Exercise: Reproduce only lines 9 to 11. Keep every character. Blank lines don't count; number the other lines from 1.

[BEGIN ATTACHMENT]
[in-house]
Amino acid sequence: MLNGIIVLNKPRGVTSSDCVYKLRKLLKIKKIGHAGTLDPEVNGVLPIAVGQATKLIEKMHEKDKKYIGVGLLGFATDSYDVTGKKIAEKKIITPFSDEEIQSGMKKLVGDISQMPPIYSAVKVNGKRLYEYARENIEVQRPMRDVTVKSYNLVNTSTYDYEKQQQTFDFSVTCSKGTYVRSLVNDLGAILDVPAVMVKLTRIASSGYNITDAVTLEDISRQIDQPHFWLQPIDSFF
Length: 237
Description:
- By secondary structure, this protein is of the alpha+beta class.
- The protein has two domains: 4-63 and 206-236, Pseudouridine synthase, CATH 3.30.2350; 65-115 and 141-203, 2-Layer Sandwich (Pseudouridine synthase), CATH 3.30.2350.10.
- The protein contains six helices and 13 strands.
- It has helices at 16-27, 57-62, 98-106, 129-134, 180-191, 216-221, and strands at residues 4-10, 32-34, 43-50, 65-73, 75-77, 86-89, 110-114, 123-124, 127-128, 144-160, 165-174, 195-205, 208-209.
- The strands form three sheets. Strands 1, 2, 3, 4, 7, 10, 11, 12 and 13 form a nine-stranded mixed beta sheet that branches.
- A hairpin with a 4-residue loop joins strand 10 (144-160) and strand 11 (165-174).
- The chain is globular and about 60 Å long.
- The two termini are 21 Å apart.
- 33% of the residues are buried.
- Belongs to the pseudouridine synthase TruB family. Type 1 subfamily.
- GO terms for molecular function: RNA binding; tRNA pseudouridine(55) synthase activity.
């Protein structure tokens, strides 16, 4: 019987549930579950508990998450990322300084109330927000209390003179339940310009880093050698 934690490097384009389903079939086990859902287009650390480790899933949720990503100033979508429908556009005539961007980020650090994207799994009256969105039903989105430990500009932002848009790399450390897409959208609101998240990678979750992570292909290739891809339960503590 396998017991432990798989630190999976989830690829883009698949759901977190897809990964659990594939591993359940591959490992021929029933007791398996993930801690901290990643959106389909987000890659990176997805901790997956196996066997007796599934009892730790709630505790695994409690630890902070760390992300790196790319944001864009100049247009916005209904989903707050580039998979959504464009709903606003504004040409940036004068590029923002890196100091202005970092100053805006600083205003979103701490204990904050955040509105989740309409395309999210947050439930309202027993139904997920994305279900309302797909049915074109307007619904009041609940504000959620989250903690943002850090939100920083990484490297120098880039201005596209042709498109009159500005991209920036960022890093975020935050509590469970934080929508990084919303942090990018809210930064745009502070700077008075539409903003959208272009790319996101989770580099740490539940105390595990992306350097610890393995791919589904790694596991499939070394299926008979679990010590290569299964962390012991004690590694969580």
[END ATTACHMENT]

- The strands form three sheets. Strands 1, 2, 3, 4, 7, 10, 11, 12 and 13 form a nine-stranded mixed beta sheet that branches.
- A hairpin with a 4-residue loop joins strand 10 (144-160) and strand 11 (165-174).
- The chain is globular and about 60 Å long.